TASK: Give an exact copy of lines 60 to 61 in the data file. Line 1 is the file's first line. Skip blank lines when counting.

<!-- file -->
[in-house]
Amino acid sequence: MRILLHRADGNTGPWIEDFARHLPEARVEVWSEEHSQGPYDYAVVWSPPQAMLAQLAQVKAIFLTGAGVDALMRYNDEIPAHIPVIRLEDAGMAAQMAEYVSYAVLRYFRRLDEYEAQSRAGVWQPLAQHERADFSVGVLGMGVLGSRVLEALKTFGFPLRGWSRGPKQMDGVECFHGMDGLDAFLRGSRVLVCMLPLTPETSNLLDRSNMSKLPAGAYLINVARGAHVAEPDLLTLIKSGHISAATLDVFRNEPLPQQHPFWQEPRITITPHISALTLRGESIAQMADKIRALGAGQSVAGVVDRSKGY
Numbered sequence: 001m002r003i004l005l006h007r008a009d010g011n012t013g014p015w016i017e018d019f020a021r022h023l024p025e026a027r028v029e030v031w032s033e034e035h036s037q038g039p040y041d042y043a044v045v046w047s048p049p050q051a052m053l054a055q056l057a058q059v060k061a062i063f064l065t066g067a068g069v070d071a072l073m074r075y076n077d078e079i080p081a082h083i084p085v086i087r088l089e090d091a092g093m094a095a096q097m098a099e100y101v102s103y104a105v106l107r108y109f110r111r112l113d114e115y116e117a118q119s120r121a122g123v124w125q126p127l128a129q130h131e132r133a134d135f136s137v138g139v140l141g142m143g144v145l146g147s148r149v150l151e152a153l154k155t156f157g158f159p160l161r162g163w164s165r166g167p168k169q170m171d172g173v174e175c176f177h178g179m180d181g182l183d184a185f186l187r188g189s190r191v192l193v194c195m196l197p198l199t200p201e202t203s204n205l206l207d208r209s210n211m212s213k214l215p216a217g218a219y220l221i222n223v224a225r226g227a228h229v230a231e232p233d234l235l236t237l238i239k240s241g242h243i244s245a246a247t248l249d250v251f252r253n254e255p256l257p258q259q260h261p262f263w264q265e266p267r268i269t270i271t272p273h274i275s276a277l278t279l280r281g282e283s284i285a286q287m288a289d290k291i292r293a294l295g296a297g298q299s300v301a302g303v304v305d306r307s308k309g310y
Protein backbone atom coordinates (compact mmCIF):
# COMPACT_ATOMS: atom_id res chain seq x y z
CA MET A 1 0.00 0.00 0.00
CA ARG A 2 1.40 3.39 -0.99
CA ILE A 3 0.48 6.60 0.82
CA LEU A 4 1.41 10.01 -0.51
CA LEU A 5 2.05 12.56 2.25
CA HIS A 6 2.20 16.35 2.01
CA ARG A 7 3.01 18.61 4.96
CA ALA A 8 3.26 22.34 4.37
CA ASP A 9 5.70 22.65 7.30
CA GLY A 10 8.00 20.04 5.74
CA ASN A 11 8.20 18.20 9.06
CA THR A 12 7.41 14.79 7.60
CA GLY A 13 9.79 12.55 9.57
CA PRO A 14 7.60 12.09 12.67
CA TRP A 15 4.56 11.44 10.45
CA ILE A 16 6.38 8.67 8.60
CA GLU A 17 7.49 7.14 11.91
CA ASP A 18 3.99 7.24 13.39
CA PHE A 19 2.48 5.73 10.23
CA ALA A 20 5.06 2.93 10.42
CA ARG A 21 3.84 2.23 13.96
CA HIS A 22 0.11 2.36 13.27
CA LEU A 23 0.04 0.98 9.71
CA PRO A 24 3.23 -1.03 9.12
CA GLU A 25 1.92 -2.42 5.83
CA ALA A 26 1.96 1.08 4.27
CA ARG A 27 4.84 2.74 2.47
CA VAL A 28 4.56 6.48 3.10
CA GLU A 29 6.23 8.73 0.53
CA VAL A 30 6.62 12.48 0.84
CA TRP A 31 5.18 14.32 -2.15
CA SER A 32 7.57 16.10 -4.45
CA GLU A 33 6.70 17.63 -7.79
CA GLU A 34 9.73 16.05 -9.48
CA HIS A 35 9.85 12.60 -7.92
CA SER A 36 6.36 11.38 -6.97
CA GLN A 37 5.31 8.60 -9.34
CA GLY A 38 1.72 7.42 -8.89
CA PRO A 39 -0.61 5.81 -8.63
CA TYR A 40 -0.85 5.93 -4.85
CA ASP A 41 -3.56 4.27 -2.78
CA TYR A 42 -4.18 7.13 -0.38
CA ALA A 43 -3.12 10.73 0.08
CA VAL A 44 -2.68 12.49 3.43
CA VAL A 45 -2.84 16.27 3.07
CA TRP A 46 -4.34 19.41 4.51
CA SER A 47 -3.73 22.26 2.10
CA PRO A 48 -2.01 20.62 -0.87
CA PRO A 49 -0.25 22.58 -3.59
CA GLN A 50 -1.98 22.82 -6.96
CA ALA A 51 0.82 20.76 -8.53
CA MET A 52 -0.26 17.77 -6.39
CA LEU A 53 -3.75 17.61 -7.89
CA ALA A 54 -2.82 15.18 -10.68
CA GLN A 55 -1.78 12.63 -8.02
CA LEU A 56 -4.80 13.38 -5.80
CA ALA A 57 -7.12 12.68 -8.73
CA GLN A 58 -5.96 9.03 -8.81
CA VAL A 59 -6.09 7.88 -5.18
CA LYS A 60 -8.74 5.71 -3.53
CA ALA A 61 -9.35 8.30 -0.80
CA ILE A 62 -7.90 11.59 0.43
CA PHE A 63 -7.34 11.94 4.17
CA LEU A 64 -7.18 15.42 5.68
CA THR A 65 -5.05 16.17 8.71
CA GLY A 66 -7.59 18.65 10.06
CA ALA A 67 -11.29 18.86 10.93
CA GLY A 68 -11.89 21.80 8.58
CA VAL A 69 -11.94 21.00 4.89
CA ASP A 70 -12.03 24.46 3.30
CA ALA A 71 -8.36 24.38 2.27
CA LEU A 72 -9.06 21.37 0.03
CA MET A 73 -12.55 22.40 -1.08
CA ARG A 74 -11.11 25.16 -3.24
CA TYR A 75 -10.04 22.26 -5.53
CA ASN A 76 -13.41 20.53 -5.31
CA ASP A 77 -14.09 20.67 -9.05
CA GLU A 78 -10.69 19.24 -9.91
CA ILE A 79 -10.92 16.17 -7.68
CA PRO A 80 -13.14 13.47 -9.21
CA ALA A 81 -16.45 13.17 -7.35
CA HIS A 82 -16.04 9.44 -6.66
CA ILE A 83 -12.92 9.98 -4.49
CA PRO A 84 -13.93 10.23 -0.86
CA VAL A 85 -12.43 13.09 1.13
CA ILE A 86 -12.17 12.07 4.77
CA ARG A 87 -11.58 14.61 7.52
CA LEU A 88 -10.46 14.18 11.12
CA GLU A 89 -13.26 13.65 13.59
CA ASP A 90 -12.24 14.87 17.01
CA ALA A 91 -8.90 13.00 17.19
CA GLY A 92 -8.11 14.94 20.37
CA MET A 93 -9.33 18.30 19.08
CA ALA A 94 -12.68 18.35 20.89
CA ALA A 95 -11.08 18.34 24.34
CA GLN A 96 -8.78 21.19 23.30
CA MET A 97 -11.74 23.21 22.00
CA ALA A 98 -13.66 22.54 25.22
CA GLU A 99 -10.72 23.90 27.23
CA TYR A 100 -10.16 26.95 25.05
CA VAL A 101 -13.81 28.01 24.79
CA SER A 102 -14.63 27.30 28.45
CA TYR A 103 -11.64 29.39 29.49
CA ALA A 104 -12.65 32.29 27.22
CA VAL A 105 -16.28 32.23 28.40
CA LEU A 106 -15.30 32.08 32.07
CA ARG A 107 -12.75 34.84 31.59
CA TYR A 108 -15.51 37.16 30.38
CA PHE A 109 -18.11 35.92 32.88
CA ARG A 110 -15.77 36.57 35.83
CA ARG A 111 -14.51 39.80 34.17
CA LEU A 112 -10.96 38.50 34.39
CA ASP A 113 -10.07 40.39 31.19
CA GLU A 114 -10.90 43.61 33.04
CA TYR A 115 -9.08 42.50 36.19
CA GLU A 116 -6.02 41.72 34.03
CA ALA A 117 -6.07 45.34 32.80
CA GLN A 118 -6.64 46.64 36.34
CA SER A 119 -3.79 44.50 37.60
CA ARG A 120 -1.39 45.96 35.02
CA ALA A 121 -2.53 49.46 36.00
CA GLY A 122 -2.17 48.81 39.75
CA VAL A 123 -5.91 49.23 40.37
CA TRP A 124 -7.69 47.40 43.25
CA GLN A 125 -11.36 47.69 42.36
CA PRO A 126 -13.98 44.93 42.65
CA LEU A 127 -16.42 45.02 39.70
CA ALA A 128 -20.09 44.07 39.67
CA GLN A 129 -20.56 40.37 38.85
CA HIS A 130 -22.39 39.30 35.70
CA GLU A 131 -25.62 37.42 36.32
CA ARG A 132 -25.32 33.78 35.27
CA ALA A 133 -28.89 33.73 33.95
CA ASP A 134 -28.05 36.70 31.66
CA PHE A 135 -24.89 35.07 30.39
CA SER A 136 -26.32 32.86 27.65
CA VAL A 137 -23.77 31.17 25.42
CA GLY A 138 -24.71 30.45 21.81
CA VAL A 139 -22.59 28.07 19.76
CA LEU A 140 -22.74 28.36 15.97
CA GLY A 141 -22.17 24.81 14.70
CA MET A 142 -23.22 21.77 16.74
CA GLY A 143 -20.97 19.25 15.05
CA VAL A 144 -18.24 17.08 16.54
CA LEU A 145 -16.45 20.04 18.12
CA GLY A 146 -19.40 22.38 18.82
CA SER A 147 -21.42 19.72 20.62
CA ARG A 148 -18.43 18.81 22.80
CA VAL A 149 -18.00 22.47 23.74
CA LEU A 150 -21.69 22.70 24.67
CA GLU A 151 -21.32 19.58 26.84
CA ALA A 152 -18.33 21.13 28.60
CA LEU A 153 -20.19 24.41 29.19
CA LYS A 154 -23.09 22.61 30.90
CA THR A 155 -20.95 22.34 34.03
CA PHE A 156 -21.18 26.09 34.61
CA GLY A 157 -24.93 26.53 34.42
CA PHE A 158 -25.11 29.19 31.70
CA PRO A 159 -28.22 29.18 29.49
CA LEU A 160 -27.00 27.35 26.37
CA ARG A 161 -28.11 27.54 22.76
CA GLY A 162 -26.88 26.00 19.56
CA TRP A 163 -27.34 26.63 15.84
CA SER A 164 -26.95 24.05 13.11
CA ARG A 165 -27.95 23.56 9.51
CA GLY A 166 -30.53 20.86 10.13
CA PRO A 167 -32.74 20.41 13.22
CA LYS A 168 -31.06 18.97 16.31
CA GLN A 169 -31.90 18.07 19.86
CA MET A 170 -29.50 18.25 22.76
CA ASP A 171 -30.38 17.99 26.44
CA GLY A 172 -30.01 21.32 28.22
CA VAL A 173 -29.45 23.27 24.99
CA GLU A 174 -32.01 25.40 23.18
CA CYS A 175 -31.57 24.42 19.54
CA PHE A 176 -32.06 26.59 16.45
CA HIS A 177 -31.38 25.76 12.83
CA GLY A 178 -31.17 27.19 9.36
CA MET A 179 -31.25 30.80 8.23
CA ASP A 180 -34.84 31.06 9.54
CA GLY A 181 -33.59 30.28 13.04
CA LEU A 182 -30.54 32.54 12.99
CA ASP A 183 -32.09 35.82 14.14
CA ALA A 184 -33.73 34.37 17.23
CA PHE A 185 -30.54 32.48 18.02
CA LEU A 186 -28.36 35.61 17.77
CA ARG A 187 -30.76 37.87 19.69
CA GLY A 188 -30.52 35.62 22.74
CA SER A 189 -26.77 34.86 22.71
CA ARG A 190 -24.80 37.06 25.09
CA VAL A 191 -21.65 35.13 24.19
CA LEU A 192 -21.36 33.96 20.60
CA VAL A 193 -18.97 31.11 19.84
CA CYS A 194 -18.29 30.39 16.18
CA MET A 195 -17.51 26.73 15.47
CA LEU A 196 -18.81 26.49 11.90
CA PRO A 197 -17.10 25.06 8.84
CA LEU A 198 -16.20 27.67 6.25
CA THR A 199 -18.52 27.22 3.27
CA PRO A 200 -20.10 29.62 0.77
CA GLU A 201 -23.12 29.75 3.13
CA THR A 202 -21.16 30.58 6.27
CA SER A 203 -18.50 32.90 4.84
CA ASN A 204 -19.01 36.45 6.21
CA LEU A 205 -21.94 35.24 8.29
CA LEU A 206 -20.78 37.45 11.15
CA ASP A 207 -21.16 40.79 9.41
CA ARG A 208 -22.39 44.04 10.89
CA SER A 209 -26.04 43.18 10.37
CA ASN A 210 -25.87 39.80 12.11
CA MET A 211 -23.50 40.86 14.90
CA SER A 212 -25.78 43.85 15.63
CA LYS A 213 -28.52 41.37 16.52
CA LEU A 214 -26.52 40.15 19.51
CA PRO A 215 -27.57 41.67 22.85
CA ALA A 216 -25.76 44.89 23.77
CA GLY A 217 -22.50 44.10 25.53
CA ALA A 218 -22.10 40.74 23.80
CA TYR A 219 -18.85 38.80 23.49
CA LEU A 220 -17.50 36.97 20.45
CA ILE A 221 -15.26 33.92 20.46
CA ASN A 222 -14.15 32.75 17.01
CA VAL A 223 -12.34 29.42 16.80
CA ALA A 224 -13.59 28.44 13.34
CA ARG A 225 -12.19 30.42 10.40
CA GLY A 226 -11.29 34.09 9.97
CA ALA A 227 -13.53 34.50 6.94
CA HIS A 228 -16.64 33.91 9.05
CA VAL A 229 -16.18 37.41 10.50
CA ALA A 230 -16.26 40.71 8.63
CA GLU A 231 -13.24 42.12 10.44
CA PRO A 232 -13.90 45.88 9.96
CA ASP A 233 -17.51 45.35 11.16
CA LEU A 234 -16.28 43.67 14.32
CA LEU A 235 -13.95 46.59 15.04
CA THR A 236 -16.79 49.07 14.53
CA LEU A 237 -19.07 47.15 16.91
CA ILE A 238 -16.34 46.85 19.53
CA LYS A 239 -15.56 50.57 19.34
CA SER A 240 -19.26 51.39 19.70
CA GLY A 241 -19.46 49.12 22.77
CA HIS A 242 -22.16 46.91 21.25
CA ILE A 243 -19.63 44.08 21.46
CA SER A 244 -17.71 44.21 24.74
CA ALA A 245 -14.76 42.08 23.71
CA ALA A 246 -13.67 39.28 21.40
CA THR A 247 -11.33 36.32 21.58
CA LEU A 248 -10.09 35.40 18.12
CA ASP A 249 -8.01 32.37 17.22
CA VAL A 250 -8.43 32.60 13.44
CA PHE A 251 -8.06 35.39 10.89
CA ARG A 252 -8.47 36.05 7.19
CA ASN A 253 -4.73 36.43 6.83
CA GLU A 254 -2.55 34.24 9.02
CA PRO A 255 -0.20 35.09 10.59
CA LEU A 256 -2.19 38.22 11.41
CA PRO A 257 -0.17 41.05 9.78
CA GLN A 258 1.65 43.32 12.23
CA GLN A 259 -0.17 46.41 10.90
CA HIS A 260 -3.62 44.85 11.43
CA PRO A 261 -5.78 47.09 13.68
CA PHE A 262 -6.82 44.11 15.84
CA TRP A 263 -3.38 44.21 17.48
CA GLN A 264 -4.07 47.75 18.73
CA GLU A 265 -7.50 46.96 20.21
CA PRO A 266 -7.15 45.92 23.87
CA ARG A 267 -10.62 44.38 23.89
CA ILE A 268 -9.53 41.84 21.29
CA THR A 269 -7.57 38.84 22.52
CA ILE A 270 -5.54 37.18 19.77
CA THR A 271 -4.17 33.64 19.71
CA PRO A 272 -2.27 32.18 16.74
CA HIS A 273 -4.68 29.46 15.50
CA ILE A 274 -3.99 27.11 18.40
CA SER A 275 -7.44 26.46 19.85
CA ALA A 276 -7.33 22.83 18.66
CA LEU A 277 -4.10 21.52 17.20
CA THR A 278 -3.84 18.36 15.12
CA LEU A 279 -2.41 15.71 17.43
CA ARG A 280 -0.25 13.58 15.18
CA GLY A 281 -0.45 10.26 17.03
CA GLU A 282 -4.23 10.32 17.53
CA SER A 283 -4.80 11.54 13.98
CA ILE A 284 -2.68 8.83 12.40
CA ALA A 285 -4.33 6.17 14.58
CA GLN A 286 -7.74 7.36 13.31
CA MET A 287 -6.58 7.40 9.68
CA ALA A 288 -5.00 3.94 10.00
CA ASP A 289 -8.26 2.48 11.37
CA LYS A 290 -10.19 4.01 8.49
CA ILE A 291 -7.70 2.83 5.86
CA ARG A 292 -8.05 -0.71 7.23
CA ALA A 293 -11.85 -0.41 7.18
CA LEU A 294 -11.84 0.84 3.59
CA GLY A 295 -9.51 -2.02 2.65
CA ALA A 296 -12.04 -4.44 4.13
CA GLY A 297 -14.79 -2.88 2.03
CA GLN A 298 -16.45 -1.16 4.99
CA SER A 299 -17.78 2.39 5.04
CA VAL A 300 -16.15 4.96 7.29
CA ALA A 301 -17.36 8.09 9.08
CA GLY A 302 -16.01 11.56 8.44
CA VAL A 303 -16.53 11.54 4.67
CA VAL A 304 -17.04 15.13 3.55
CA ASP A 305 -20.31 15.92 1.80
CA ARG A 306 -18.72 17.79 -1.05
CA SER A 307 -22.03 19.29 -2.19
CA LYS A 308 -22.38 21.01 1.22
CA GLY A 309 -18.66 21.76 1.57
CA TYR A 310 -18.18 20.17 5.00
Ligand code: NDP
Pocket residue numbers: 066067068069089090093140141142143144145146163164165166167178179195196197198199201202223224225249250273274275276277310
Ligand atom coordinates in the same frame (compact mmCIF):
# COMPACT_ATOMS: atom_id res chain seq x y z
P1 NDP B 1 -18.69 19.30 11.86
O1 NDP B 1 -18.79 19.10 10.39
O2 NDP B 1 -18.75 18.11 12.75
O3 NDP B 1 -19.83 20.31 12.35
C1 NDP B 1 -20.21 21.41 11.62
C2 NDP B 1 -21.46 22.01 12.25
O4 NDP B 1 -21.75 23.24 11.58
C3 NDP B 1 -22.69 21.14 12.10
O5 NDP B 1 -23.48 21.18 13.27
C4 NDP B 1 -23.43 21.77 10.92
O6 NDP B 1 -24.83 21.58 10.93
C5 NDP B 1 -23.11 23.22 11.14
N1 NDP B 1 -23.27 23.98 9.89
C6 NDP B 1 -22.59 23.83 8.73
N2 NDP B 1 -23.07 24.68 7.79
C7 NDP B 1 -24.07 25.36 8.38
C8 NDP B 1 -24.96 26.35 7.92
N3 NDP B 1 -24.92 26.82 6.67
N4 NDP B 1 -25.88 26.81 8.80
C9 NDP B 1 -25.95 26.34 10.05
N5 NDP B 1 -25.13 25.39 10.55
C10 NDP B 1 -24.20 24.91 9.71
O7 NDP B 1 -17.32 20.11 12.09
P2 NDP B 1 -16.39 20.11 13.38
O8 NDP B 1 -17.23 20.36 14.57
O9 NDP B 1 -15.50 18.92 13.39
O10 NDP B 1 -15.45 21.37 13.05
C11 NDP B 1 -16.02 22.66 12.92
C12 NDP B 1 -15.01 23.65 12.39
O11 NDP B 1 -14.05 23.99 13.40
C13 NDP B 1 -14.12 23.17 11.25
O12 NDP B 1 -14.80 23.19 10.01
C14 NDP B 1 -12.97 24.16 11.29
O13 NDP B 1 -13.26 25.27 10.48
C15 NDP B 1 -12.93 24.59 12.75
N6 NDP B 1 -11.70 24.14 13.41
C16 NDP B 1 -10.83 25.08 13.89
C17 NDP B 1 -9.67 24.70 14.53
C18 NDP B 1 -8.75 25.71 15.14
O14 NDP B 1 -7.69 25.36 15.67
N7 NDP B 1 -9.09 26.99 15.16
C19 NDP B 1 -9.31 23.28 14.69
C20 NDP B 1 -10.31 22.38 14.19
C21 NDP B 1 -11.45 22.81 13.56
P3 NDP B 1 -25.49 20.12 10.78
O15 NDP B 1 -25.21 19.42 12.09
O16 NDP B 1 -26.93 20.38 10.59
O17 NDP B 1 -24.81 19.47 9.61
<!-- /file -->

CA GLN A 55 -1.78 12.63 -8.02
CA LEU A 56 -4.80 13.38 -5.80